If you are like most gardeners in northeast Ohio, you may be noticing some damage to your cucumber plants at this point in the season. Holes and brown spots on leaves like this…

or chew marks like these…

on your cukes themselves are telltale signs you are dealing with one of several common cucumber pests.

Insects can cause damage by feeding on your plants, but even more importantly, they can transmit diseases such as bacterial wilt that can do your cukes in altogether! But don’t worry, there are ways to keep pest insects in check and ensure that you will have more cucumbers than you can handle this and every season. (Keep in mind, these pests love other members of the cucurbit family, including squash and pumpkins, too!)

 

Culprit #1: Squash bugs

Squash bugs are grayish brown and shaped like an elongated shield.

They can be pretty big – I’ve seen some that are an inch long! They like to hide on the underside of leaves and are often seen attached at the butt like this (which means they are mating – no bueno!)…

If you see a squash bug on your plant, you can pick it off and squish it, or if you are too squeamish to do that, you can blast it with a puff of diatomaceous earth. Diatomaceous earth (DE)  is a powder made of the skeletons of tiny aquatic organisms called diatoms. Their fossilized remains are made of mostly silica, which kills hard bodied insects by absorbing the oils and fats from their exoskeletons. What a way to go!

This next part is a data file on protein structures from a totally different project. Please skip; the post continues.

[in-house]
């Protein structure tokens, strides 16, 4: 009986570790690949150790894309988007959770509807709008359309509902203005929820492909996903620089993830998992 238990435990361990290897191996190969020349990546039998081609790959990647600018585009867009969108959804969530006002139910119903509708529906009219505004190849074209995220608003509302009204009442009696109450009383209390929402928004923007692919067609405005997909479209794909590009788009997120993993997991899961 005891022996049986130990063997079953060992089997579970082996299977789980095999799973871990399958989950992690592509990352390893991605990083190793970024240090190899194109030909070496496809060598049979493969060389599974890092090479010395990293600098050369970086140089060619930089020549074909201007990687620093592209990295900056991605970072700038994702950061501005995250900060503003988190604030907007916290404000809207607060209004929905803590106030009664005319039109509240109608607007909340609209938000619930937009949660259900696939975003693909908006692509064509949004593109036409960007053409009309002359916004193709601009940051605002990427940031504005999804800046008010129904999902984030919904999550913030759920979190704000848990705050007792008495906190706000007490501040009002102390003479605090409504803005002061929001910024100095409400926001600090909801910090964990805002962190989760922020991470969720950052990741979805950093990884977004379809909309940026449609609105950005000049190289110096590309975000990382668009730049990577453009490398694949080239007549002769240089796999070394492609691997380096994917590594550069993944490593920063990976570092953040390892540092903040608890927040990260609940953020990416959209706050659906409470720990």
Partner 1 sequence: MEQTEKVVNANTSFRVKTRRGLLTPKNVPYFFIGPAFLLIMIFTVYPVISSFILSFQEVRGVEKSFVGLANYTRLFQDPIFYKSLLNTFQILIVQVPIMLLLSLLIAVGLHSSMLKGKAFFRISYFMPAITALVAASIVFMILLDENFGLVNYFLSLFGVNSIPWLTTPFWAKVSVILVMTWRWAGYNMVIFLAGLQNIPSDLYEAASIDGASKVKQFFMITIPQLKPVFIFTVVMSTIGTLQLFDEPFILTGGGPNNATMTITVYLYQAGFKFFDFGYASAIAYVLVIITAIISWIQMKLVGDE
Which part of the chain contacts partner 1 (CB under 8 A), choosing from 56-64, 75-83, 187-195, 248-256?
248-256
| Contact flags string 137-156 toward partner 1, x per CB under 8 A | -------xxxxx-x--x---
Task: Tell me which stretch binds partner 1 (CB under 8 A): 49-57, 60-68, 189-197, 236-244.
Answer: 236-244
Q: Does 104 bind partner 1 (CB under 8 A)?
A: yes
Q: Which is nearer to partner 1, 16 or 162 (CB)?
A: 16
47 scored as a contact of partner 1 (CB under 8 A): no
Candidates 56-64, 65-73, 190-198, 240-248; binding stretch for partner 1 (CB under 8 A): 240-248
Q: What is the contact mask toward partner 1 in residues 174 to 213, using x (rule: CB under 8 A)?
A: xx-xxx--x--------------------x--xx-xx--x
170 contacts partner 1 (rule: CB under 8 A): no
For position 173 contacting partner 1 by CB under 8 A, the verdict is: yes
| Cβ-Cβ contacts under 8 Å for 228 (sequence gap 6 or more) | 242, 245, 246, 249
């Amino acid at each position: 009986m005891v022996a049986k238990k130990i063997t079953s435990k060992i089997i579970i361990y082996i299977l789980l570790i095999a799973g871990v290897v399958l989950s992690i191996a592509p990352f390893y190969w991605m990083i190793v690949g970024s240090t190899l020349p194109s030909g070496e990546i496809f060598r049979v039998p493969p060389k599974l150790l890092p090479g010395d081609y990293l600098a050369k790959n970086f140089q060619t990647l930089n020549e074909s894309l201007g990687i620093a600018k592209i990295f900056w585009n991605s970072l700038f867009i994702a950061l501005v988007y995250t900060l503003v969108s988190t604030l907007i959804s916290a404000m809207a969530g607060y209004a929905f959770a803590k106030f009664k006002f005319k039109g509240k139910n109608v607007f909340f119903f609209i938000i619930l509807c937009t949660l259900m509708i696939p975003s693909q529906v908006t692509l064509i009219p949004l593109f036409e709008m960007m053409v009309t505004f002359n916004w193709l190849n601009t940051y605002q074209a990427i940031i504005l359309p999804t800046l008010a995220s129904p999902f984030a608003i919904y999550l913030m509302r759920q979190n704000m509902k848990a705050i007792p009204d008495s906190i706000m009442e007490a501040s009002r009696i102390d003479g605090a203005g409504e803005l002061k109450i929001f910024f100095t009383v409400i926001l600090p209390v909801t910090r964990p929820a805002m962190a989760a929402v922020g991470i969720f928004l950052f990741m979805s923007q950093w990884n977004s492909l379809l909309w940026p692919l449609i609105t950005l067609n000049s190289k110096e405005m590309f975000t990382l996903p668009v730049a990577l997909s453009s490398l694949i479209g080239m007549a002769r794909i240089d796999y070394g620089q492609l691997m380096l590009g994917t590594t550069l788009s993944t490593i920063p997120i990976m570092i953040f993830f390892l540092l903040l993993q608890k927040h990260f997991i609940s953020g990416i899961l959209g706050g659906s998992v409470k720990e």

Anyway, it works well on squash bugs with a few caveats. First, make sure you buy food grade DE and not the stuff they sell for treating swimming pools..

Second, wear a mask when you are applying it because this stuff is not good for human lungs, either. Last, diatomaceous earth can kill beneficial insects like bees, too, so never apply it to flowers that are in bloom. Using an applicator like the puffer shown here can help you target where the dust is going.

Perhaps the safest way to keep squash bug populations in check is by getting rid of their eggs before they even have a chance to hatch. The eggs look like little gold balls…

and are usually found on the underside of leaves along the veins. They can be tricky to pick off. I like to use a little stick to scrape them off, but some people swear by duct tape!

 

Culprit #2: Cucumber beetles

Cucumber beetles are yellow with black marking and come in two varieties: spotted or striped. We have both at Old Trail Farm, but I’m mostly seeing striped ones like these…

DE works on cucumber beetles, too, but they are much faster than squash bugs so that is not my preferred method of dealing with them.

A yellow bowl filled with water and one drop of dish soap like this…

is a simple and effective trap for cucumber beetles. They are attracted to the yellow color (which is the same as the flowers of their favorite plants), and when they fly into the water they can’t get out because the dish soap has broken the surface tension. As you can see…

the trap works, but it also affects other insects based on the same principle. It’s up to you to decide if the casualties are worth it.

My favorite method of insect pest control is to create a healthy garden ecosystem and let predatory insects control pest populations. Here we see two beneficial insects, a common ladybug larva…

and a couple of mating pink spotted lady beetles…

happily living their lives on our cucumber plants. Both of them eat soft bodied pest insects like aphids and mealy bugs, and also the eggs of other insects like our foes described above!

It’s important to note that you don’t need to eradicate pest insects completely in order to have healthy plants. Just make sure to keep their populations in check and your plants will be just fine.